1. Validation of ACE and OSIRIS ozone and NO2 measurements using ground-based instruments at 80° N

    NASA Astrophysics Data System (ADS)

    Adams, C.; Strong, K.; Batchelor, R. L.; Bernath, P. F.; Brohede, S.; Boone, C.; Degenstein, D.; Daffer, W. H.; Drummond, J. R.; Fogal, P. F.; Farahani, E.; Fayt, C.; Fraser, A.; Goutail, F.; Hendrick, F.; Kolonjari, F.; Lindenmaier, R.; Manney, G.; McElroy, C. T.; McLinden, C. A.; Mendonca, J.; Park, J.-H.; Pavlovic, B.; Pazmino, A.; Roth, C.; Savastiouk, V.; Walker, K. A.; Weaver, D.; Zhao, X.

    2012-05-01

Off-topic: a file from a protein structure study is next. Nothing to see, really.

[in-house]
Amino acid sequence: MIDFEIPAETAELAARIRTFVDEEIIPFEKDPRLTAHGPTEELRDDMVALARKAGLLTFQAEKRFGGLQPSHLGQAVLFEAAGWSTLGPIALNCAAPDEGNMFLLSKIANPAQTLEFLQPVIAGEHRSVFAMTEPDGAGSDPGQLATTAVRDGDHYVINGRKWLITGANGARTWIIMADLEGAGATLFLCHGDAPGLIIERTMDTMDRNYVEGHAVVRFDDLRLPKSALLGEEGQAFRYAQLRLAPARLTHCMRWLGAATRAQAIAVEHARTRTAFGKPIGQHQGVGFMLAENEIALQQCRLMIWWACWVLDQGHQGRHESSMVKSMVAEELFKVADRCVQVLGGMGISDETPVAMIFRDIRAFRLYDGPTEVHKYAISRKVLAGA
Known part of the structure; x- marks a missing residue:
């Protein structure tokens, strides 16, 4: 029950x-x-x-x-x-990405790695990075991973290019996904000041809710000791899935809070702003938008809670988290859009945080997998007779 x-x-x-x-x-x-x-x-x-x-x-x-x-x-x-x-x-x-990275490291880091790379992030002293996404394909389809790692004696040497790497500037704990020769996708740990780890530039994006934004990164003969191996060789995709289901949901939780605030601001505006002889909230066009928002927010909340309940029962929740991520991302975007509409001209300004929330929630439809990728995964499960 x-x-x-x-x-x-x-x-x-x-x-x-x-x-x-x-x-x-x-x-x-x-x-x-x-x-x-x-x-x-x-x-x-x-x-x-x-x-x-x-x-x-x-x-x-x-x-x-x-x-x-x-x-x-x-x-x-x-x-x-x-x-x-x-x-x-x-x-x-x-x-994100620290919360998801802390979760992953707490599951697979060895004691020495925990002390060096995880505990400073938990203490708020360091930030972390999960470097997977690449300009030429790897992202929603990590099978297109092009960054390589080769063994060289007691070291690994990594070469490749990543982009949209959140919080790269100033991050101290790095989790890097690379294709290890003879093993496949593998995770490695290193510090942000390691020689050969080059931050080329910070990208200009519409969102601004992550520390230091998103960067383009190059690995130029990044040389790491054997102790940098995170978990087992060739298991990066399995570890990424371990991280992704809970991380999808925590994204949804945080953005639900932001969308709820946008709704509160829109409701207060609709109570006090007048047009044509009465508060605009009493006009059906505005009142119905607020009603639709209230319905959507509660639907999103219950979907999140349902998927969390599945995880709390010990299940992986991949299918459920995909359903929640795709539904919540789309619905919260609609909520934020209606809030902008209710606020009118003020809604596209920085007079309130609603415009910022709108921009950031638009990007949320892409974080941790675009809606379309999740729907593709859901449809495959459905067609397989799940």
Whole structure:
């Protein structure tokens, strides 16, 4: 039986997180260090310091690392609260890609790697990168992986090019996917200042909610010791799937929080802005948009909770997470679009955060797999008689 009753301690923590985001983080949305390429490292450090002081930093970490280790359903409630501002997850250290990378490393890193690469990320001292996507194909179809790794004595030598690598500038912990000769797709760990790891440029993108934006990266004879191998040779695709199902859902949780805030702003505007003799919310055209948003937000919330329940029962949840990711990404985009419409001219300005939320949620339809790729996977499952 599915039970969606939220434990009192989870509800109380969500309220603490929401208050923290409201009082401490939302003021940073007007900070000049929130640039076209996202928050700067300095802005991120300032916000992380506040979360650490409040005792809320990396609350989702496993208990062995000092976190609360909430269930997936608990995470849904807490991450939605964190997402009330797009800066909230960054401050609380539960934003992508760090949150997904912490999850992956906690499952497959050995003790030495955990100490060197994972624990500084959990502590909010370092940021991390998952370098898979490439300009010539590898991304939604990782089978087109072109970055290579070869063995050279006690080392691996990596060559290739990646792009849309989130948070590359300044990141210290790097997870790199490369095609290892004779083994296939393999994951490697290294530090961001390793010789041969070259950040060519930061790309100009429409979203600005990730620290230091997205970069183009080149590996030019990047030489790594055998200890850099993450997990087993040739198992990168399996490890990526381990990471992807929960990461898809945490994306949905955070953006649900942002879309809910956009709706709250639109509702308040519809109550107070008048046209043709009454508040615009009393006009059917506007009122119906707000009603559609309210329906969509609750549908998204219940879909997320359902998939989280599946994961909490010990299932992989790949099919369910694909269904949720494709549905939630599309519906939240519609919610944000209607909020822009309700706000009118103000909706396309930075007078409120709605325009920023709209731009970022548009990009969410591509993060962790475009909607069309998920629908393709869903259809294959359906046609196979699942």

The Optical Spectrograph and Infra-Red Imager System (OSIRIS) and the Atmospheric Chemistry Experiment (ACE) have been taking measurements from space since 2001 and 2003, respectively. This paper presents intercomparisons between ozone and NO2 measured by the ACE and OSIRIS satellite instruments and by ground-based instruments at the Polar Environment Atmospheric Research Laboratory (PEARL), which is located at Eureka, Canada (80° N, 86° W) and is operated by the Canadian Network for the Detection of Atmospheric Change (CANDAC). The ground-based instruments included in this study are four zenith-sky differential optical absorption spectroscopy (DOAS) instruments, one Bruker Fourier transform infrared spectrometer (FTIR) and four Brewer spectrophotometers. Ozone total columns measured by the DOAS instruments were retrieved using new Network for the Detection of Atmospheric Composition Change (NDACC) guidelines and agree to within 3.2%. The DOAS ozone columns agree with the Brewer spectrophotometers with mean relative differences that are smaller than 1.5%. This suggests that for these instruments the new NDACC data guidelines were successful in producing a homogenous and accurate ozone dataset at 80° N. Satellite 14-52 km ozone and 17-40 km NO2 partial columns within 500 km of PEARL were calculated for ACE-FTS Version 2.2 (v2.2) plus updates, ACE-FTS v3.0, ACE-MAESTRO (Measurements of Aerosol Extinction in the Stratosphere and Troposphere Retrieved by Occultation) v1.2 and OSIRIS SaskMART v5.0x ozone and Optimal Estimation v3.0 NO2 data products. The new ACE-FTS v3.0 and the validated ACE-FTS v2.2 partial columns are nearly identical, with mean relative differences of 0.0 ± 0.2% and -0.2 ± 0.1% for v2.2 minus v3.0 ozone and NO2, respectively. Ozone columns were constructed from 14-52 km satellite and 0-14 km ozonesonde partial columns and compared with the ground-based total column measurements. The satellite-plus-sonde measurements agree with the ground-based